With their usually all consuming interest in construction, mechanics, electronics and related sciences, it is rare to find an engineer whose passions are fired by a love of antiques. Still rarer to find one that wants to toss up his profession to buy and run an antique shop. Jim Collins, who died last year, was just such a person. A radio engineer who in the late 1940s began working for the white goods manufacturer Healings, Jim always was interested in antiques – particularly Georgian and Regency furniture and glass.
When Email took over Healings in the 1960s, Jim Collins remained as a senior executive. However, by the time he reached his 50s, the challenges of corporate life were starting to pall, so he retired as an engineer and then bought Rosebud Antiques from Jim Prentice. At last, his hobby had become a working passion and he even became a long time member of the Victorian Antique Dealers Association, occupying the role of treasurer. With advancing years making moving furniture difficult to do, in the mid-1990s Jim sold the shop and retired to the Mornington Peninsula, taking much of the better Georgian furniture he loved with him. Now some of this is up for auction from 11am Sunday at Phillip Caldwell Auctioneer 3-7 Walker Street, Prahran.
One of the more interesting items is a 1760s Georgian wingback armchair in original condition. Another is a Georgian settee which was stripped in 1985 ready for upholstering – a task that is yet to be completed. Jim also had a very rare pair of Georgian wine tables with gallery edge and a love of such early English artists works as J. Horace Hooper (famous for late 18th and early 19th century English landscapes) and George Armfield (with his portraits of small terrier dogs, the 18th century equivalent of John Kelly and his cows).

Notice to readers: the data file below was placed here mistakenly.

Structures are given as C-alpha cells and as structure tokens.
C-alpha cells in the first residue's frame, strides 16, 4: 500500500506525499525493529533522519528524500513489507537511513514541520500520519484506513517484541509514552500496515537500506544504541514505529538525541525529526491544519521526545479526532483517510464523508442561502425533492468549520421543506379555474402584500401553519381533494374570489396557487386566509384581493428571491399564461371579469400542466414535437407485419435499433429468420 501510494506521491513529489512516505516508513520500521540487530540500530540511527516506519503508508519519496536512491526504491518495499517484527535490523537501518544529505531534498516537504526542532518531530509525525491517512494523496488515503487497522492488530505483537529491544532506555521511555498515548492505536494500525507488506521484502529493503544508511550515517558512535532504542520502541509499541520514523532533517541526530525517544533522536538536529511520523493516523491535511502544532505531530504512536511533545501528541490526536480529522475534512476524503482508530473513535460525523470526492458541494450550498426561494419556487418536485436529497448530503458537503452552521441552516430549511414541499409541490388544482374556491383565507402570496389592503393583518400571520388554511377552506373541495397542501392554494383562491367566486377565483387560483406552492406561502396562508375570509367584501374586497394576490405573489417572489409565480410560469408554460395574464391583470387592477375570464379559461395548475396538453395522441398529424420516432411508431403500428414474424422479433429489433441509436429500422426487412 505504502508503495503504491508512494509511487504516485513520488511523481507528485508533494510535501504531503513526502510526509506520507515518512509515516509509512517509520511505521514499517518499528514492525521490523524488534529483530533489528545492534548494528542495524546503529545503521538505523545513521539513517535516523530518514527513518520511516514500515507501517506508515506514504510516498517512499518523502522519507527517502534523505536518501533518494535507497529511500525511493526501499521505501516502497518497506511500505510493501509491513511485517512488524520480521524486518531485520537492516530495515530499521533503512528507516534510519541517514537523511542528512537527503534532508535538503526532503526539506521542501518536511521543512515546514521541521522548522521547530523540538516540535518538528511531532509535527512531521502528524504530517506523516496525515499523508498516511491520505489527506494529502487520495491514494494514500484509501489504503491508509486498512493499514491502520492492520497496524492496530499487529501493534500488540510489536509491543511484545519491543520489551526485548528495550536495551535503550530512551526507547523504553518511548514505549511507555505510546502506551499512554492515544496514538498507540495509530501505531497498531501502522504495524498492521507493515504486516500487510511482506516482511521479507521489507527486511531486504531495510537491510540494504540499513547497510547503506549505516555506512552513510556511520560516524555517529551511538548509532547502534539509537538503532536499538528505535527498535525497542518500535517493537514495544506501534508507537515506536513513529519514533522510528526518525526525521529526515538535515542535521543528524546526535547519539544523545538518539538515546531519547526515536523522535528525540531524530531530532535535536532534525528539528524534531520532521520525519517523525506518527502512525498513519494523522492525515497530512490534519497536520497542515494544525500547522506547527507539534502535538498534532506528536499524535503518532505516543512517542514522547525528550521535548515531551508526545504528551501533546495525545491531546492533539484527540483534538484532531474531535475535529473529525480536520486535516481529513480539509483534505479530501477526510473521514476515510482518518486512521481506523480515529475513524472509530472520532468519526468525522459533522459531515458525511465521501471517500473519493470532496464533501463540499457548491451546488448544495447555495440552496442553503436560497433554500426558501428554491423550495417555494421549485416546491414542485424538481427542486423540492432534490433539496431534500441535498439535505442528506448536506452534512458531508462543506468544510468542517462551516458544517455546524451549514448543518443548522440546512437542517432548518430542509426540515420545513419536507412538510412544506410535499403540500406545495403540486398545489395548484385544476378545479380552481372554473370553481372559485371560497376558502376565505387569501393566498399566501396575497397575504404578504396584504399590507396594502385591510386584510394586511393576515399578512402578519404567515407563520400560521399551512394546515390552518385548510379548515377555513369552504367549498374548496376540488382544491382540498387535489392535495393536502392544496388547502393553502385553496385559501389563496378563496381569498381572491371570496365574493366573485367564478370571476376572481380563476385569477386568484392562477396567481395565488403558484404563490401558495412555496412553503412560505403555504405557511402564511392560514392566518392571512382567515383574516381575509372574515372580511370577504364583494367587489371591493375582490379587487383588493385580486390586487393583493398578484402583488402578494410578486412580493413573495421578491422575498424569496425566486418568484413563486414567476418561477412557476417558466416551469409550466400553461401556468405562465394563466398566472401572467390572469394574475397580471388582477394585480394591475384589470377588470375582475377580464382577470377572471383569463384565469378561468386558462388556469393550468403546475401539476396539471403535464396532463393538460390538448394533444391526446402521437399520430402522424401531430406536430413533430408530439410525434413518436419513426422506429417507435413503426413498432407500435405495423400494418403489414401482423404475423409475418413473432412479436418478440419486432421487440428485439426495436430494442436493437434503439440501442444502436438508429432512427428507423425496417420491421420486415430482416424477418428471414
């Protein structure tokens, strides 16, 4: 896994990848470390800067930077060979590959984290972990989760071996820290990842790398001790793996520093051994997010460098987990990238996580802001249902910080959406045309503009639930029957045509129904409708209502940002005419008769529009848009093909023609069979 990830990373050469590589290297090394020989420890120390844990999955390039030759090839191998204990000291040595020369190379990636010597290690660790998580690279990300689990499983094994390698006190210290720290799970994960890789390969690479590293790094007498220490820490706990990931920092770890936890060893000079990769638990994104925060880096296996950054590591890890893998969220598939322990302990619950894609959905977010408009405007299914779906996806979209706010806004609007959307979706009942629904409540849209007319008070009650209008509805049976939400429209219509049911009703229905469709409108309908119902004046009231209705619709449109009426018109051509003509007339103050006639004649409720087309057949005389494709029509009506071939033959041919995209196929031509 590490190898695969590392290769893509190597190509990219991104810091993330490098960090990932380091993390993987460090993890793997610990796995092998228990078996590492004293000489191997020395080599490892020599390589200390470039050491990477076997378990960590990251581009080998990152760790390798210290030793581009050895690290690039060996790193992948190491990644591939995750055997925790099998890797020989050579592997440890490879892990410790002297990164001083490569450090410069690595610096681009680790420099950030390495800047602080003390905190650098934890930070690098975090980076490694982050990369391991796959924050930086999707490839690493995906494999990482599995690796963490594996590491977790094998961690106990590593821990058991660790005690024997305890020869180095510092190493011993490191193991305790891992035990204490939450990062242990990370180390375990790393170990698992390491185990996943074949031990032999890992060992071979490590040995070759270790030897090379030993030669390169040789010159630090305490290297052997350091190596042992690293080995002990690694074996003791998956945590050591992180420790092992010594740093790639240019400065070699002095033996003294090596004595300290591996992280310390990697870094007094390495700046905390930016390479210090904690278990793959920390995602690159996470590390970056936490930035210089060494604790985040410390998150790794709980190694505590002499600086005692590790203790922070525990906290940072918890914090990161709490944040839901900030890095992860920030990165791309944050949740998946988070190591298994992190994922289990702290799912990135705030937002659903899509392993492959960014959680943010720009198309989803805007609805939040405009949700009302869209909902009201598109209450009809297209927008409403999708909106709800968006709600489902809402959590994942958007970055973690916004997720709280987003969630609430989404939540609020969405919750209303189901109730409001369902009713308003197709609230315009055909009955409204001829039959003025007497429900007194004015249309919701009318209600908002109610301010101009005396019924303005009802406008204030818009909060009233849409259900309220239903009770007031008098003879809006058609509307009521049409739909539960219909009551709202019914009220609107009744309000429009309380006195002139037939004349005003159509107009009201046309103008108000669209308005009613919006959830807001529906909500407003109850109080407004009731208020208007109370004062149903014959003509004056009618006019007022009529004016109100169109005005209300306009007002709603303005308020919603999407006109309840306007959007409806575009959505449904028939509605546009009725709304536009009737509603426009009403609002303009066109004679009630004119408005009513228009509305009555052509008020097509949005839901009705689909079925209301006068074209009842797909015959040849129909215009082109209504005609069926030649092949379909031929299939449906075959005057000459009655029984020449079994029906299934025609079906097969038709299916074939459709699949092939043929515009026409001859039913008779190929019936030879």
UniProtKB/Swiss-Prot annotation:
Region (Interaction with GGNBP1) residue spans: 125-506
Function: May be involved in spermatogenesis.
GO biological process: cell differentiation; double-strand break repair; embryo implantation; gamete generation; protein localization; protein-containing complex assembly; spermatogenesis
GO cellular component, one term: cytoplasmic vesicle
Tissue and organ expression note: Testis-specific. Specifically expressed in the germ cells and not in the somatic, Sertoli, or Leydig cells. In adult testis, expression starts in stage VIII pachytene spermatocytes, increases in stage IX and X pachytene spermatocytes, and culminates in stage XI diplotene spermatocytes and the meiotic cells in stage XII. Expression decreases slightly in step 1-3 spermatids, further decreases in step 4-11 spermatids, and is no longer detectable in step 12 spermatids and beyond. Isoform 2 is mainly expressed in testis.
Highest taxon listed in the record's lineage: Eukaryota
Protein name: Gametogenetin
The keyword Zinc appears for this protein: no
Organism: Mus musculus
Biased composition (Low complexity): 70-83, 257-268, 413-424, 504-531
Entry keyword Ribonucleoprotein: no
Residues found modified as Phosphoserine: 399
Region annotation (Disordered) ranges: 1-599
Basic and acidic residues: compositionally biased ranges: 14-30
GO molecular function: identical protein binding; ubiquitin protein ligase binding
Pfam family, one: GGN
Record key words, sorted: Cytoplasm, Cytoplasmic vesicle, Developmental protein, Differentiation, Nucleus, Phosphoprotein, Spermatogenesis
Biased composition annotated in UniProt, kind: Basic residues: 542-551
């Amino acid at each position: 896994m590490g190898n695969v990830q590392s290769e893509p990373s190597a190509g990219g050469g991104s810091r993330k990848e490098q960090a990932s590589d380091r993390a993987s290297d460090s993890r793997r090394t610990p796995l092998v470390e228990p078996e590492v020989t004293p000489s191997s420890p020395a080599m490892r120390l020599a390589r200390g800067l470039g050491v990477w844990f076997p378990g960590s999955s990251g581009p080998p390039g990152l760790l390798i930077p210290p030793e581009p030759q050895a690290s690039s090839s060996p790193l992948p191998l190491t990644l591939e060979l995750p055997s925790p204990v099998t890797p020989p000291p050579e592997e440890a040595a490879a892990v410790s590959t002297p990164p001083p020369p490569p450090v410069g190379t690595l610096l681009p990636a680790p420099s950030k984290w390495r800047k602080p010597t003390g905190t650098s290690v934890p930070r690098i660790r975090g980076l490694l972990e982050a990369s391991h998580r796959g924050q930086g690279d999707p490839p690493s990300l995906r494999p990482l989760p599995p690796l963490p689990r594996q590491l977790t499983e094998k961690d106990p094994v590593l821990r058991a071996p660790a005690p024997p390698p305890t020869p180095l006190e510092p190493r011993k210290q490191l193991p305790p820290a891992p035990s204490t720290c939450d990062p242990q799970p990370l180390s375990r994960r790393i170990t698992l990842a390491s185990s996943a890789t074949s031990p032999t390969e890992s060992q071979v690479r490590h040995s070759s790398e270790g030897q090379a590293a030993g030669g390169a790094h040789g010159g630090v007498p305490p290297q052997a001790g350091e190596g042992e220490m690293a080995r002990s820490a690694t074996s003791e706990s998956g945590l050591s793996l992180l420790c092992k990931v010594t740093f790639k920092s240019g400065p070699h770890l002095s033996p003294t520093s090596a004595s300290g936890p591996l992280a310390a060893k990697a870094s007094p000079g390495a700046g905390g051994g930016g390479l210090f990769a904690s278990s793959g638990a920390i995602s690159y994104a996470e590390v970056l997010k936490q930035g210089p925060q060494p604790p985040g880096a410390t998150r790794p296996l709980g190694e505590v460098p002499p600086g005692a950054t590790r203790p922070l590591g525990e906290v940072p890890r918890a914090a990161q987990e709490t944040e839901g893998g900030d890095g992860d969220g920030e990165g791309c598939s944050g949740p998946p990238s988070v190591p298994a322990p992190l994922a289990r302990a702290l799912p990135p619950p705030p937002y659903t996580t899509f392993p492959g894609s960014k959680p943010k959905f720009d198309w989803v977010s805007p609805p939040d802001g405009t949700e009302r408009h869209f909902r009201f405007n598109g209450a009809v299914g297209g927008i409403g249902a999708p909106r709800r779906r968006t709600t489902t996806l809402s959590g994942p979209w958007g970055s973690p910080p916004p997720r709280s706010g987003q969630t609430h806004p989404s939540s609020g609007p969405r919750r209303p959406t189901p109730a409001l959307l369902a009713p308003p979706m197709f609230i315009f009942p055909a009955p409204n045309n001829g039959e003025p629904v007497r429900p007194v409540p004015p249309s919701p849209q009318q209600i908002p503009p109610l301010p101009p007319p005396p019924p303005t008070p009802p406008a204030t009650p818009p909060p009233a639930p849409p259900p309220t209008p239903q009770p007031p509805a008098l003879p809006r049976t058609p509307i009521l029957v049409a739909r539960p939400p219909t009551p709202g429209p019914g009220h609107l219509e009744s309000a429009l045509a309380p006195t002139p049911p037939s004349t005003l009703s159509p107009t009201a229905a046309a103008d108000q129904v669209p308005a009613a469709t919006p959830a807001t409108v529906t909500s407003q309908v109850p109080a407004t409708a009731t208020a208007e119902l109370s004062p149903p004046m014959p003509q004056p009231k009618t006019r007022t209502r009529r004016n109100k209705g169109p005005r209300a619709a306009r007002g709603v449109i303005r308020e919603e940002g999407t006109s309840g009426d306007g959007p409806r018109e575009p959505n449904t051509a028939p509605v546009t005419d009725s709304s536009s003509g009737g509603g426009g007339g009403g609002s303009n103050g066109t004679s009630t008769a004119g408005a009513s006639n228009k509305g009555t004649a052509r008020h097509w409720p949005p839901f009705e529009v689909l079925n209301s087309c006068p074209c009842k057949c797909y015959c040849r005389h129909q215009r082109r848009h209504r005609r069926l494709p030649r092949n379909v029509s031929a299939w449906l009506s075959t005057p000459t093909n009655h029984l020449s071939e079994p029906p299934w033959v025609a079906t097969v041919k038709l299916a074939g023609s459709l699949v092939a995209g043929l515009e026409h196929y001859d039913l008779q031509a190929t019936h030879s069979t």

Another interesting section of the auction are items belonging to Michael Gallagher – for 39 years one of Ballarat’s leading shoe retailers. His shop Gallagher’s Footwear, which closed earlier this year, had been around since the goldrush days and had a couple of endearing icons (that will be in Sunday’s auction) to go with it. One was a giant leather boot, believed to be more than 100 years old, and the other a similar aged model of a man who nodded his head every time anyone walked in the store. In 1968, Michael Gallagher – who accidentally got into shoes some 13 years earlier when he started a Christmas job in Myer’s shoe department – bought an existing business from Alan Pittard and continued to trade under that name for 15 years before changing it to his own. The Caldwell auction also contains French furniture and paintings (valued from $5 to $50,000) from various estates including that belonging to former VRC chairman David Bourke. Viewing is Friday and Saturday from 11am-6pm and Sunday from 9.30am. Contact 9543 2767 or 0411 529 414.